* I'm a Crawling' Black Snake--Lightnin' Hopkins
   * Run Here, Faro--Myrt Holmes
   * Faro--Rosa Lee Hill
   * Pretty Polly--E. C. Ball
   * War Blues--Pernell Charity
   * See What You Done Done--Baby Tate
   * Rosalee--Luther Huff
   * Just A Note--Ralph Willis

I know that Gordon figured out Boy Green's "A & B Blues" and posted it on site.  Has anybody else figured out songs from this thread?  In a way, that's what developing the ability to identify playing position/tuning is all about. 
all best,
Johnm

   
     

Offline Old Man Ned

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Re: Miller's Breakdown
« Reply #1968 on: October 12, 2018, 01:17:46 PM »
I had a go at Baby Tate's See What You Done Done, but mostly it's inspired me to try transcribing other tunes by some of my favourites, such as Charlie Jordan's Two Street Blues and Raidin' Squad Blues  and Hacksaw Harney's Ragtime Blues with varying degrees of success.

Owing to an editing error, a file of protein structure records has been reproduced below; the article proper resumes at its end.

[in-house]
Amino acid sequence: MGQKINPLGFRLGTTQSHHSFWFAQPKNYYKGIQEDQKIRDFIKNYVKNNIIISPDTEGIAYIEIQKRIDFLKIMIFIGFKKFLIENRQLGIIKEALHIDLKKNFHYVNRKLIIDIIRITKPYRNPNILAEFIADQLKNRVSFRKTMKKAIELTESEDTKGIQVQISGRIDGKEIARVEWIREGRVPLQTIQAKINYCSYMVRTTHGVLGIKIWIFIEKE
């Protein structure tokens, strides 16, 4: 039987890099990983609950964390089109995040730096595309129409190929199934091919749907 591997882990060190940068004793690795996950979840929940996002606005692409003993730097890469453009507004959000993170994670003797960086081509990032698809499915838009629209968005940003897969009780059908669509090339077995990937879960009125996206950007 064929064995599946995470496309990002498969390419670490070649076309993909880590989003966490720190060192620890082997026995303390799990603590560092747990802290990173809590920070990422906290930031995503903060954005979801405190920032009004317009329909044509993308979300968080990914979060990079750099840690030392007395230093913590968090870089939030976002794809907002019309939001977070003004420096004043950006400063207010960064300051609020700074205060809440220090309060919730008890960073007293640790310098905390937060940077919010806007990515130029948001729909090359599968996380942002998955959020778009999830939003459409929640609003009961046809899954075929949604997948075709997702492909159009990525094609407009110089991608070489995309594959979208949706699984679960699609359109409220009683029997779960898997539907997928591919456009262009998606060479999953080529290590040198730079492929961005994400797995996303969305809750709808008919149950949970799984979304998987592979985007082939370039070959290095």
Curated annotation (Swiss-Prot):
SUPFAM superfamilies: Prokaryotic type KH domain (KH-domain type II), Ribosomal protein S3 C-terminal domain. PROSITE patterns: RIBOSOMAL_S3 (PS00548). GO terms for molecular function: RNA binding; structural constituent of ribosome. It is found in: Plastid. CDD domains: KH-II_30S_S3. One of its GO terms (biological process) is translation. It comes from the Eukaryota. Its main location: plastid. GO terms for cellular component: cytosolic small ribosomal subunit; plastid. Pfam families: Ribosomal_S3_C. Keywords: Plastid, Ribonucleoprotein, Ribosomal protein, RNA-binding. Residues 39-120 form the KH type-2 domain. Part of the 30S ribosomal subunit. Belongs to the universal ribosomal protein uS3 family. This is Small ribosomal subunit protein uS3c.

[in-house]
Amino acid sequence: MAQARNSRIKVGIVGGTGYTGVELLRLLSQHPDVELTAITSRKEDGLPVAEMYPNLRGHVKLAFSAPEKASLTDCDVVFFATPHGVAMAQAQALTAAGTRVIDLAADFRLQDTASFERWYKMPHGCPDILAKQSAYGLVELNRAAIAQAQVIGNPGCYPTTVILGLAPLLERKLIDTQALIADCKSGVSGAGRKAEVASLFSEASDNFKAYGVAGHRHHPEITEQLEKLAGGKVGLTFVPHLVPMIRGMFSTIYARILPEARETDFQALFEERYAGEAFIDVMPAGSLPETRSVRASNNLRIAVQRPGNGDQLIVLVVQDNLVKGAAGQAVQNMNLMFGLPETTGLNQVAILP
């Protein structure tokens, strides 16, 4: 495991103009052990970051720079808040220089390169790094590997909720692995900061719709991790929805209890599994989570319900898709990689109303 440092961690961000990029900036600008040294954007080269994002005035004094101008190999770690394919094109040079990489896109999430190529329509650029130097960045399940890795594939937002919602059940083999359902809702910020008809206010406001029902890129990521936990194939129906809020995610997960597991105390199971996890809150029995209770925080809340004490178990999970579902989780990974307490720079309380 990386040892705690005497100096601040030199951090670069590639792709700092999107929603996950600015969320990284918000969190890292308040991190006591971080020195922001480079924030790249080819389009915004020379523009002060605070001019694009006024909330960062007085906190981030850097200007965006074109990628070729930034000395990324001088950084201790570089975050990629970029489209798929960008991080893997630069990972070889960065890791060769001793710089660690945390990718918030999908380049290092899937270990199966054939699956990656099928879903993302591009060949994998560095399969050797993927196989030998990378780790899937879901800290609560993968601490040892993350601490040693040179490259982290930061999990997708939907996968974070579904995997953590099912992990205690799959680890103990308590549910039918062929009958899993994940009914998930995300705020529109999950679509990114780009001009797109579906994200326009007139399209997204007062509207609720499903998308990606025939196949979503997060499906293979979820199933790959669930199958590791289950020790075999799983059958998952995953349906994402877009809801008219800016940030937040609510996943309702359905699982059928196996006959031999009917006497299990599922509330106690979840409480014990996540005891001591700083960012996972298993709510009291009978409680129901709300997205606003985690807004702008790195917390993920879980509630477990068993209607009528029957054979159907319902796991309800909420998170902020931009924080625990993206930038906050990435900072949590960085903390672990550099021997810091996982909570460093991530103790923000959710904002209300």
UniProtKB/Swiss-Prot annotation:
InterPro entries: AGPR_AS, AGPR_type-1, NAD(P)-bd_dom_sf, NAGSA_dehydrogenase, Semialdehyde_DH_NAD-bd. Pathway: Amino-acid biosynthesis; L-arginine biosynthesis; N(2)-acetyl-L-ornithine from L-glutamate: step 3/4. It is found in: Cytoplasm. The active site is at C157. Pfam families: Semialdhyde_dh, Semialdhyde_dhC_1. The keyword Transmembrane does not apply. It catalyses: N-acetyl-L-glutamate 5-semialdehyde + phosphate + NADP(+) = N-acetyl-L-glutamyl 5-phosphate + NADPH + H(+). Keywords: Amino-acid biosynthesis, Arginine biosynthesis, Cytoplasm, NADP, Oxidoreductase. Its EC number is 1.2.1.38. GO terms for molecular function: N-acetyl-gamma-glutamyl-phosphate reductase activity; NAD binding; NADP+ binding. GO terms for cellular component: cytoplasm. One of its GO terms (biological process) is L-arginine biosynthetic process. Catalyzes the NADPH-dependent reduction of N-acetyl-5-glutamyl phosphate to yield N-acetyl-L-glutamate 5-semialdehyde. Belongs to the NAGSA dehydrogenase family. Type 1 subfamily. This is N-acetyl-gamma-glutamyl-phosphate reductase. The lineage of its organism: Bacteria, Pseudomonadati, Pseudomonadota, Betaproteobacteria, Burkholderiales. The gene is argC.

Online Johnm

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Re: Miller's Breakdown
« Reply #1969 on: October 12, 2018, 01:22:50 PM »
Thanks for the report, Old Man Ned.  Applying the skills to the material that most appeals to you is a great way to go--keep up the good work!
All best,
Johnm
« Last Edit: October 12, 2018, 01:59:53 PM by Johnm »

Offline Prof Scratchy

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Re: Miller's Breakdown
« Reply #1970 on: October 12, 2018, 03:01:25 PM »
The only one I had a serious attempt at was French Blues, but then I did have some additional help from a certain Johnm ;)


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Offline harriet

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Re: Miller's Breakdown
« Reply #1971 on: October 12, 2018, 03:32:49 PM »
No, I think its more that I like alot of the musical selections of lesser known artists presented in the puzzlers and occasionally I will go online and buy more of that artist's work. The thread has definitely led to a broader horizon and I thank you for it.

Online Johnm

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Re: Miller's Breakdown